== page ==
To inspire: to breathe life into something.
We know that being inspiring is an important aspect of leading others for results.
(And we know when our teams or organizations are in danger because of lack of inspiration.)
But we don’t always know how to do this.
There is a simple way to bring life to your team. Even you could do this! This is the practice of acknowledgement – something that can be done by anyone, with any personality (even yours!).
The importance of acknowledging individual and team contributions to progress cannot be overstated. (This is not to be confused with flattery, which is pandering to someone’s ego.)
Authentic acknowledgment is authentic recognition of the real contributions that another is making.
A study done at Harvard* confirmed that the single most important motivation for individuals in work situations is not salaries, bonuses, promotions, or other financial or status-related rewards, but the sense of having made progress toward a desired goal.
Yet most managers do not even recognize this form of motivation as significant!
*Teresa M. Amabile and Steven J. Kramer, The Progress Principle: Using Small Wins to Ignite Joy, Engagement, and Creativity at Work (Harvard Business Press Books, 2011).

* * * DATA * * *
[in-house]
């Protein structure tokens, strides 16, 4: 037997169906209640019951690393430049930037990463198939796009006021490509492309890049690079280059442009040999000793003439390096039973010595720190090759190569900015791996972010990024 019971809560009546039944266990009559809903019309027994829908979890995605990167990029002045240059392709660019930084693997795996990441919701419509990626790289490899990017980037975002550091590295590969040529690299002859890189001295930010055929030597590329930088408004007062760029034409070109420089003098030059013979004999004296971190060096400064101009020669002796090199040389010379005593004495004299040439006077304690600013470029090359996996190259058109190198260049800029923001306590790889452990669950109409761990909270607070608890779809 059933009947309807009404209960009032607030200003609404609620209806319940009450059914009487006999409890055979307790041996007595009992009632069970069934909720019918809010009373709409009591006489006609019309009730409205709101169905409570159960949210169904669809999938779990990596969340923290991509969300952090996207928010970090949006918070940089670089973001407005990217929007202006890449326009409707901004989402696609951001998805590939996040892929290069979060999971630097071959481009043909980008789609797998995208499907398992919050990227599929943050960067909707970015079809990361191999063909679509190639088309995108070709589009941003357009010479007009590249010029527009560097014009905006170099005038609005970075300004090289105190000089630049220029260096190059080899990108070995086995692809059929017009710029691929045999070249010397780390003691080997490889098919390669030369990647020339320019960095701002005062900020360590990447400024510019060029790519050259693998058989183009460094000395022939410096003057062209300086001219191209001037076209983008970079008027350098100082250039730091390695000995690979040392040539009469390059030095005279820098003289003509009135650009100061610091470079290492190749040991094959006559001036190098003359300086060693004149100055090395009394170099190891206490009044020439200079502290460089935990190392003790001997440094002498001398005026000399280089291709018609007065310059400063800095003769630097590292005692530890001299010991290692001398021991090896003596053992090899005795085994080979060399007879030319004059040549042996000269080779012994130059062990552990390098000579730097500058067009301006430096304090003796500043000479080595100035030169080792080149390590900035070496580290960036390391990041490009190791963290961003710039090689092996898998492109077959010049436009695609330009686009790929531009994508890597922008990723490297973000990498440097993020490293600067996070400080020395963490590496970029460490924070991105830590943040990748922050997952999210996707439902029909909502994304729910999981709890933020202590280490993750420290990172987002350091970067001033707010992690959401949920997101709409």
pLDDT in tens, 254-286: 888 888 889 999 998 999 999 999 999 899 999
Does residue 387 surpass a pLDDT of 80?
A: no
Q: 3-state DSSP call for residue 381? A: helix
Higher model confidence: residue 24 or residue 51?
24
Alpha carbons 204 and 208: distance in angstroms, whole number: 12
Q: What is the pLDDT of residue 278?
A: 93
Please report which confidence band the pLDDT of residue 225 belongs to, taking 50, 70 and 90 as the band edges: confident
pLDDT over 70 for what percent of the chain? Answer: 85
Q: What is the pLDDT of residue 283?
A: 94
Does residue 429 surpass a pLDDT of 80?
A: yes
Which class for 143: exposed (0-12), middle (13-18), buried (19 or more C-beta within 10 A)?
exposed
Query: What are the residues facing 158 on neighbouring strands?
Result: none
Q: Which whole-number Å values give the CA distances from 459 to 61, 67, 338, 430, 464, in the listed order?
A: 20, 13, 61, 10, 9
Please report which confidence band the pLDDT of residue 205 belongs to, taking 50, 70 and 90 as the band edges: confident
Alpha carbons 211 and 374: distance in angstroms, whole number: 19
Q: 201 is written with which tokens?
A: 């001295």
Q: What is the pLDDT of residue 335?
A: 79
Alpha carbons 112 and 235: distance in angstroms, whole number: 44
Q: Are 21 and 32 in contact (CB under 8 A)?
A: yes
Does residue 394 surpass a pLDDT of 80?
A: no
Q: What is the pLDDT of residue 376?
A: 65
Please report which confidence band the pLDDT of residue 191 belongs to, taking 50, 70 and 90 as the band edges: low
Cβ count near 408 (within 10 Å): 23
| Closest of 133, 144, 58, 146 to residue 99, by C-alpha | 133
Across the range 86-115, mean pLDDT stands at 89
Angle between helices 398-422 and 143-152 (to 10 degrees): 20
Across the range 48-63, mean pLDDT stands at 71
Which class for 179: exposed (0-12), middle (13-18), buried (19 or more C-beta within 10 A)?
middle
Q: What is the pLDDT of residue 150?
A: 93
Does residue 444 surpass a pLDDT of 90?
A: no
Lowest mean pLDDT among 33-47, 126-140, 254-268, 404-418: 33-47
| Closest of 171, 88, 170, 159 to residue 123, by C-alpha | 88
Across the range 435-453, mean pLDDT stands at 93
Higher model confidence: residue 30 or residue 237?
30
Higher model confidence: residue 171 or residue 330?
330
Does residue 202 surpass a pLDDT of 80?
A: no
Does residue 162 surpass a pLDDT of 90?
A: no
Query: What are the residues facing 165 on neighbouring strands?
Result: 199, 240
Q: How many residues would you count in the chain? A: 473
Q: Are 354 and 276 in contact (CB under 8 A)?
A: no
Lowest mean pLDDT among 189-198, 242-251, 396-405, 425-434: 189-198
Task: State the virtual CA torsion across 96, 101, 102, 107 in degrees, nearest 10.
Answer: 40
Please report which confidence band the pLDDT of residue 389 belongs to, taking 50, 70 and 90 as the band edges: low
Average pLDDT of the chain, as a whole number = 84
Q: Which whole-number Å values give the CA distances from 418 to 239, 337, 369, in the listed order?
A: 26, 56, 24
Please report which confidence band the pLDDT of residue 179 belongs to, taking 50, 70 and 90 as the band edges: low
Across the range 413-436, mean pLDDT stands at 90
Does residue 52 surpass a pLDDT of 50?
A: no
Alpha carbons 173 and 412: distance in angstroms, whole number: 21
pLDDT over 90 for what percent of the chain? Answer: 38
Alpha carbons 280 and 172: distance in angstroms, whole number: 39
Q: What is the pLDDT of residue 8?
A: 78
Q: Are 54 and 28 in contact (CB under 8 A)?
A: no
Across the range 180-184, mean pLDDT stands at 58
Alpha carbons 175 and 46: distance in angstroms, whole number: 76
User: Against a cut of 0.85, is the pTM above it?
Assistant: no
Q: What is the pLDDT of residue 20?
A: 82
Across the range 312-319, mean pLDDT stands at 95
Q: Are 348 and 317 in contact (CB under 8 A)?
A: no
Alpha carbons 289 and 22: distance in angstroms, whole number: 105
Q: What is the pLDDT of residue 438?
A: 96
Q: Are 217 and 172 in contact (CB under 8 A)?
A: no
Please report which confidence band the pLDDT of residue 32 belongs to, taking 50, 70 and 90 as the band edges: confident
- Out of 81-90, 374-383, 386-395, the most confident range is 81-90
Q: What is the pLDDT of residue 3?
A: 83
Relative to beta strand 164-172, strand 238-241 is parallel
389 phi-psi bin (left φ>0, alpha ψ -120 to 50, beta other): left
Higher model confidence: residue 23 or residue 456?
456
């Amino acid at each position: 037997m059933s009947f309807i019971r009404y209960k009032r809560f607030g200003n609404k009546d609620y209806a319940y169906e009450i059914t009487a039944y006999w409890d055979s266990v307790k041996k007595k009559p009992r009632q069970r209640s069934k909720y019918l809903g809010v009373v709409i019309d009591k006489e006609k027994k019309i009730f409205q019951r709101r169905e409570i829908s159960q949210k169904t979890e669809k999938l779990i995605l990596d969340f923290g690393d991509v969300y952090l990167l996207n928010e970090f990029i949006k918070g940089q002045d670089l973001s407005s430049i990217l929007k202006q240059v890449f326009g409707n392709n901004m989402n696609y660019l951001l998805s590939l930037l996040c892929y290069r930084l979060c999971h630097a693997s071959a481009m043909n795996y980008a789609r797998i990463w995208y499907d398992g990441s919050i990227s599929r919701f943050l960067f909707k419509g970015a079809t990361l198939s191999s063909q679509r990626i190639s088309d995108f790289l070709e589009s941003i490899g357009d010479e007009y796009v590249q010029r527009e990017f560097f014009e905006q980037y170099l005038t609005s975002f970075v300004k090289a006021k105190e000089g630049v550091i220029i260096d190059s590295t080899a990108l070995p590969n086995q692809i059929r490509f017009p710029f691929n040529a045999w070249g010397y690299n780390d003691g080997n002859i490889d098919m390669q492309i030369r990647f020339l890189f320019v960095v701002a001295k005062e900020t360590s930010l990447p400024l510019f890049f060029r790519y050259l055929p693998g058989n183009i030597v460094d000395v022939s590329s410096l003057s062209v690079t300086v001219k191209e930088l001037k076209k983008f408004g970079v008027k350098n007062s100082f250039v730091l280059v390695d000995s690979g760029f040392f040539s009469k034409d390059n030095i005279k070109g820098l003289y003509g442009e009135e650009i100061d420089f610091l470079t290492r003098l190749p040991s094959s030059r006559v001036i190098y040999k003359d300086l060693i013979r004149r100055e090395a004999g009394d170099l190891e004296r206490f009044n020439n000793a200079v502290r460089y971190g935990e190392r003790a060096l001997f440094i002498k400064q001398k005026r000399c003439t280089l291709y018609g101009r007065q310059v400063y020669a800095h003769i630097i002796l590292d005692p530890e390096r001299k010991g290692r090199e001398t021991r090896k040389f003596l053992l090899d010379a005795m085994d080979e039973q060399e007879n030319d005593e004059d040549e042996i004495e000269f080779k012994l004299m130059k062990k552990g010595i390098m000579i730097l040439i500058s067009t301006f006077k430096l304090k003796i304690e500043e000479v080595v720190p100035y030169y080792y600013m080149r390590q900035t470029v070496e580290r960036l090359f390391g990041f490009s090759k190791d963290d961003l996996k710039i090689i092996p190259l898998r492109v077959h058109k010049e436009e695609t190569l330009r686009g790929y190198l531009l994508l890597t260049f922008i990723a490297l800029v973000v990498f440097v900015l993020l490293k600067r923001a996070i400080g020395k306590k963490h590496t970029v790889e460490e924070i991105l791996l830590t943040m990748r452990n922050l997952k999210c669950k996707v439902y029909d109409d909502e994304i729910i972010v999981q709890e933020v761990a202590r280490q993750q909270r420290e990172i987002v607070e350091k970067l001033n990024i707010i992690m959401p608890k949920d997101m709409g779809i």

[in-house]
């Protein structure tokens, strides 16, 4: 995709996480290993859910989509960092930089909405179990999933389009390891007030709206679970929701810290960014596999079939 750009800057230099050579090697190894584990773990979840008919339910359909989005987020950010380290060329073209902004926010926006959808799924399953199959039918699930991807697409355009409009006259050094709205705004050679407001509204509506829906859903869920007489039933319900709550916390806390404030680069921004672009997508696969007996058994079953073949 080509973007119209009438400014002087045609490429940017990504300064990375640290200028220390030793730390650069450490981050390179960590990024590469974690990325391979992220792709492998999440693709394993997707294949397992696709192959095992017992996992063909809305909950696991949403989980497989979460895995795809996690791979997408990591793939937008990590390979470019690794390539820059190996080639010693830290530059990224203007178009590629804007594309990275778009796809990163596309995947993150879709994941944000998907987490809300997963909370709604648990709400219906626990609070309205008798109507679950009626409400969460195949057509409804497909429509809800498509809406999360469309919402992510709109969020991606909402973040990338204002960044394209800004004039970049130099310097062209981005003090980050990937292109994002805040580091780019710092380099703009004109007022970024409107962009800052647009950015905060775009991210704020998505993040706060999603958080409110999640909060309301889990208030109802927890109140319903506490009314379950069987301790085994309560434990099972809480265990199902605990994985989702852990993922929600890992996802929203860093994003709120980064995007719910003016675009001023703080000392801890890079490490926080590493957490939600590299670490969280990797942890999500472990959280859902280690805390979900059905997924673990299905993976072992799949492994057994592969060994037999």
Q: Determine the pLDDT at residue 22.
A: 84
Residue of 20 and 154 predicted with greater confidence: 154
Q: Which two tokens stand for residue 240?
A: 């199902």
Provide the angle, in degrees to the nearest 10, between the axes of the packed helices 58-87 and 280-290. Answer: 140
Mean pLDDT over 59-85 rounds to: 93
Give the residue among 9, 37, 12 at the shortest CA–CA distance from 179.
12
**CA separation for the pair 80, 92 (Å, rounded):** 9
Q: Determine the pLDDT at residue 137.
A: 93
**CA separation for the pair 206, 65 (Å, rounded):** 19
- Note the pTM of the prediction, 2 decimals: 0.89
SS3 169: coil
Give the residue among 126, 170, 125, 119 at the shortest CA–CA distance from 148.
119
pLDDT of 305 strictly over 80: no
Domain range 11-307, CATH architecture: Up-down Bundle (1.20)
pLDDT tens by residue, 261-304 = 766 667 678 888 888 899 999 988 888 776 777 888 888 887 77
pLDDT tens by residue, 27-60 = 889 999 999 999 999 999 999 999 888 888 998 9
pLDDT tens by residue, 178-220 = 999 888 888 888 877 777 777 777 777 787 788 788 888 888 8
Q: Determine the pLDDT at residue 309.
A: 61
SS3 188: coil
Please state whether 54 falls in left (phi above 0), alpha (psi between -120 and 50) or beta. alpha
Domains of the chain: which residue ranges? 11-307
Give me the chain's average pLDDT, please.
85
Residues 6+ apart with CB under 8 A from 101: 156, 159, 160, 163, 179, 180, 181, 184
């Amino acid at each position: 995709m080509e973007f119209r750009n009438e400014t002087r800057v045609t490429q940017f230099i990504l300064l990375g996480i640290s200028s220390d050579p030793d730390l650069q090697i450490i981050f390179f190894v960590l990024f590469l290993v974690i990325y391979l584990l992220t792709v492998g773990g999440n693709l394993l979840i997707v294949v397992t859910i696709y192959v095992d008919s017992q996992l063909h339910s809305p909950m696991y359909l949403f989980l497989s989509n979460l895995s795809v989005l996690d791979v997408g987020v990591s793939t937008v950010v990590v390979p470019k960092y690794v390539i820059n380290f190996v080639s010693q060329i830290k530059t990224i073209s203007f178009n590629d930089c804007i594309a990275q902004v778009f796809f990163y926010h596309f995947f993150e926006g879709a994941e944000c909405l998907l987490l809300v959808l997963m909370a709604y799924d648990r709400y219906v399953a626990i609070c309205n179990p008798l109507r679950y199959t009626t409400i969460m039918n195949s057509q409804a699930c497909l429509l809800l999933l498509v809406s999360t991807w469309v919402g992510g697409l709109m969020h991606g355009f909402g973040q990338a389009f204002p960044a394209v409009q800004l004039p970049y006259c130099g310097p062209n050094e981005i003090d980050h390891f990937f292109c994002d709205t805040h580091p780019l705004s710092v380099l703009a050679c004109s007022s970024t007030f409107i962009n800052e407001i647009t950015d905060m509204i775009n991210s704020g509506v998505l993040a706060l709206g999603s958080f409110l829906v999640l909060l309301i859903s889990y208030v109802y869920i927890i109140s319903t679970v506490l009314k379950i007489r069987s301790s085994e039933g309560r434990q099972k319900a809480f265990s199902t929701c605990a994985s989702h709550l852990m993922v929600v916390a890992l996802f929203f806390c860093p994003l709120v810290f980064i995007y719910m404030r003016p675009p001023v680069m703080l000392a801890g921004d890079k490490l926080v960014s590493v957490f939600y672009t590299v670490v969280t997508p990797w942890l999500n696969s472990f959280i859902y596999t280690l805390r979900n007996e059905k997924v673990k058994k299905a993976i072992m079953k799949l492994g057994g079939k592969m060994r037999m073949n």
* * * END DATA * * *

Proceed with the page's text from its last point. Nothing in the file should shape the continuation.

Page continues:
Reflection – Ask Yourself:
- Acknowledged others for the challenges they are facing and the contributions they are making?
- Thanked others for their commitment and their daily efforts?
- Told others how their work has made a difference?
You can acknowledge other people’s efforts by thanking them directly, writing personal notes, and emphasizing their contributions in a formal work review.
Better yet, acknowledge them publicly, in the presence of their colleagues and other stakeholders. By doing so, you will be strengthening their motivation to achieve results.
Acknowledging Others – A Simple Group Exercise
I use this exercise with teams I consult with and with participants in my leadership courses. Inevitably people are deeply touched by being recognized for their contributions.
Give each member of a group a piece of paper and ask him or her to write one sentence for each member of the team, beginning with the phrase:
“I acknowledge you for ______________.” (Or “I appreciate_______.”)
Say: These acknowledgments can recognize things this person has contributed to you or to others.
- Have each person read his or her acknowledgments aloud to the others.
- Give the slip of paper to the person they are acknowledging.
I keep these acknowledgements on my desk. They are great morale boosters when you read them later!
Through this process, your group members will grow more appreciative of each other’s efforts and capabilities, and will deepen their commitments to producing shared results.
To learn more about this – see my book, “Leading for Results.”
Let me know your experience with acknowledgements.
Does this work for you, or have you found better ways to motivate performance?
All the best, Joan